“The Migrant Crisis Needs A Solution.”

Dr. Munr Kazmir
4 min readJan 21, 2023

Last week, New York City Mayor Eric Adams published a 6-point plan to address the growing humanitarian crisis at the border.

Group Station Manager Cherry Wiltshire and Bus Operator Alejandra Frino were guests as Mayor Eric Adams and the Downtown Alliance unveiled a sidewalk plaque in front of 250 Broadway on Thursday, Apr. 28, 2022, commemorating the July 7, 2021 parade for essential workers during the COVID-19 pandemic. (Photo: Marc A. Hermann / MTA)

There is an old adage that what can’t go on forever has to end sometime.

The pandemic-era policy Title 42 must eventually end. When it does, the U.S. southern border — already a humanitarian nightmare of epic proportions — will devolve even further into chaos.

Drug trafficking, smuggling, and human trafficking are flourishing. Border communities are overwhelmed; even sanctuary cities are reaching a breaking point. Resources are being stretched thinner and thinner. Critics of the worsening situation at the border wonder how much longer this can go on.

Biden’s White House is fine with the chaos it created at the border,” observed Phil Boas for The Arizona Republic on December 23, 2022. “What’s the endgame?”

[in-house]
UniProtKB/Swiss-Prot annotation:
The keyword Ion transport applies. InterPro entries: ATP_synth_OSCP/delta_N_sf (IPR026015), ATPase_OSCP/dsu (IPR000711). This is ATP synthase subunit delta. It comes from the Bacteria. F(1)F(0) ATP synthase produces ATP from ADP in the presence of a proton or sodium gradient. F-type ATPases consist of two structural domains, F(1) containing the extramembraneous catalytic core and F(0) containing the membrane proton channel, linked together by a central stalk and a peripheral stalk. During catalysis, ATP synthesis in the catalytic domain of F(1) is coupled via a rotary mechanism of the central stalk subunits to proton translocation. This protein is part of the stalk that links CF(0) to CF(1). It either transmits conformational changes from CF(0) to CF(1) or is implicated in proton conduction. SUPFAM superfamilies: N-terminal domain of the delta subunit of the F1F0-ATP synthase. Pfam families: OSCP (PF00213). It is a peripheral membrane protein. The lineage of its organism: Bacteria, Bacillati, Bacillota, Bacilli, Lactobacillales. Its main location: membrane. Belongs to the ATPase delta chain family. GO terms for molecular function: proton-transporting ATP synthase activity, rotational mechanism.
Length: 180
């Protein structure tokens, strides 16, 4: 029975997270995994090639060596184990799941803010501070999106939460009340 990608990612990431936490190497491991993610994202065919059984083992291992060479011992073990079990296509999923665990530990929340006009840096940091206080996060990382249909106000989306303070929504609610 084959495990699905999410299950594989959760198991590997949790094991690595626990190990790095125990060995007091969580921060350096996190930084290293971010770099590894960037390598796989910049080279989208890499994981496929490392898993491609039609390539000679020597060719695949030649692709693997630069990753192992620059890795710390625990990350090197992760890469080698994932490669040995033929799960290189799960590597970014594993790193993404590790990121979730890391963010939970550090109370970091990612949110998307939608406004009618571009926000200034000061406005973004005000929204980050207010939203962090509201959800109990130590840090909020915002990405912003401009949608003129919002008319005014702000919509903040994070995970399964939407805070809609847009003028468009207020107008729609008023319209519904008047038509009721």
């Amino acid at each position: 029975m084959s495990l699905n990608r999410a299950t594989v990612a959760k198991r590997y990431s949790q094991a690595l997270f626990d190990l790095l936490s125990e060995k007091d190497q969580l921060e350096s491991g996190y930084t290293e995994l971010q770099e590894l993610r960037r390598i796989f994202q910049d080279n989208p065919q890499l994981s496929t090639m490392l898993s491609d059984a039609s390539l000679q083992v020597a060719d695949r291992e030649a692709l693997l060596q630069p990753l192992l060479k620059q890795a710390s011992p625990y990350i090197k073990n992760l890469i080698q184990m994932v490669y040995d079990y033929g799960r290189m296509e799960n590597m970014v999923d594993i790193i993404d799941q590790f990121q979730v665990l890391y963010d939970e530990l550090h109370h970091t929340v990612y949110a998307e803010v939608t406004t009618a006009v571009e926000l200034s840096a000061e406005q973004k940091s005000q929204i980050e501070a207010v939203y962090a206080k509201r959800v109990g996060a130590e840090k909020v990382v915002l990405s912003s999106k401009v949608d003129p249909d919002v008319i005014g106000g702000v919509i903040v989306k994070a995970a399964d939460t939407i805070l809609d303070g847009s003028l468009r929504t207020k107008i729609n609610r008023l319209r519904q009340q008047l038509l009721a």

“We’ve known all year the border is a mess, yet at the end of the year we’re witnessing a crush of humanity at our southern doorstep that is so overwhelming that even Democratic mayors of border cities are declaring emergencies,” wrote Boas.

“What is the policy that drives this mass confusion, that seems disinterested as migrants overwhelm shelters from Yuma to El Paso?” he wondered.

Phil Boas isn’t the only one wondering.

In New York City, Mayor Eric Adams just became the most prominent Democratic Party voice calling on the Biden Administration to develop and implement a more cohesive, humane, and sustainable border policy.

The migrant crisis needs a solution,” Mayor Eric Adams wrote in an impassioned op-ed published by the Washington Post on January 18, 2023. “Fix it in these six steps.

“It isn’t often that the mayor of New York travels to El Paso,” began Mr. Adams. “But our cities are dealing with the same humanitarian crisis, about 2,000 miles apart: migrants pouring in from countries, many with failing governments, in Central and South America and the Caribbean. So I went down to the southern border this week to see for myself why this emergency has become so challenging.”

“What I found in El Paso was exactly what I feared,” Adams admitted frankly. “The national crisis has…

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